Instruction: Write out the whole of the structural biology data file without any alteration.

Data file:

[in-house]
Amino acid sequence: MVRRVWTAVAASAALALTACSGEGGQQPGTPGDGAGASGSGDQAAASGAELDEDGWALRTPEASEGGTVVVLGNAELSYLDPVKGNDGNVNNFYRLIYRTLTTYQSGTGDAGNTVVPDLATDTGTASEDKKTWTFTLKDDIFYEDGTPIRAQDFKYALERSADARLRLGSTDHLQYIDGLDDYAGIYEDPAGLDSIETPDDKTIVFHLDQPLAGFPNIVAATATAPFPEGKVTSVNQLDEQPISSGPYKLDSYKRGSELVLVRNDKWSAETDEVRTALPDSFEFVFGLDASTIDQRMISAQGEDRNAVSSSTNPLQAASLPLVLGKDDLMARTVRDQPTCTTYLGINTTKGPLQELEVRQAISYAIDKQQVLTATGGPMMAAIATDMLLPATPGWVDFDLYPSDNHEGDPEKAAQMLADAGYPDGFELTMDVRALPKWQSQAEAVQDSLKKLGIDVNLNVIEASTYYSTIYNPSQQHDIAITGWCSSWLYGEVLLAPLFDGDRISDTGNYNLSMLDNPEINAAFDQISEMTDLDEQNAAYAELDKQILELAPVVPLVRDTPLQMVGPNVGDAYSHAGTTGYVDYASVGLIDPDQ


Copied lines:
[in-house]
Amino acid sequence: MVRRVWTAVAASAALALTACSGEGGQQPGTPGDGAGASGSGDQAAASGAELDEDGWALRTPEASEGGTVVVLGNAELSYLDPVKGNDGNVNNFYRLIYRTLTTYQSGTGDAGNTVVPDLATDTGTASEDKKTWTFTLKDDIFYEDGTPIRAQDFKYALERSADARLRLGSTDHLQYIDGLDDYAGIYEDPAGLDSIETPDDKTIVFHLDQPLAGFPNIVAATATAPFPEGKVTSVNQLDEQPISSGPYKLDSYKRGSELVLVRNDKWSAETDEVRTALPDSFEFVFGLDASTIDQRMISAQGEDRNAVSSSTNPLQAASLPLVLGKDDLMARTVRDQPTCTTYLGINTTKGPLQELEVRQAISYAIDKQQVLTATGGPMMAAIATDMLLPATPGWVDFDLYPSDNHEGDPEKAAQMLADAGYPDGFELTMDVRALPKWQSQAEAVQDSLKKLGIDVNLNVIEASTYYSTIYNPSQQHDIAITGWCSSWLYGEVLLAPLFDGDRISDTGNYNLSMLDNPEINAAFDQISEMTDLDEQNAAYAELDKQILELAPVVPLVRDTPLQMVGPNVGDAYSHAGTTGYVDYASVGLIDPDQ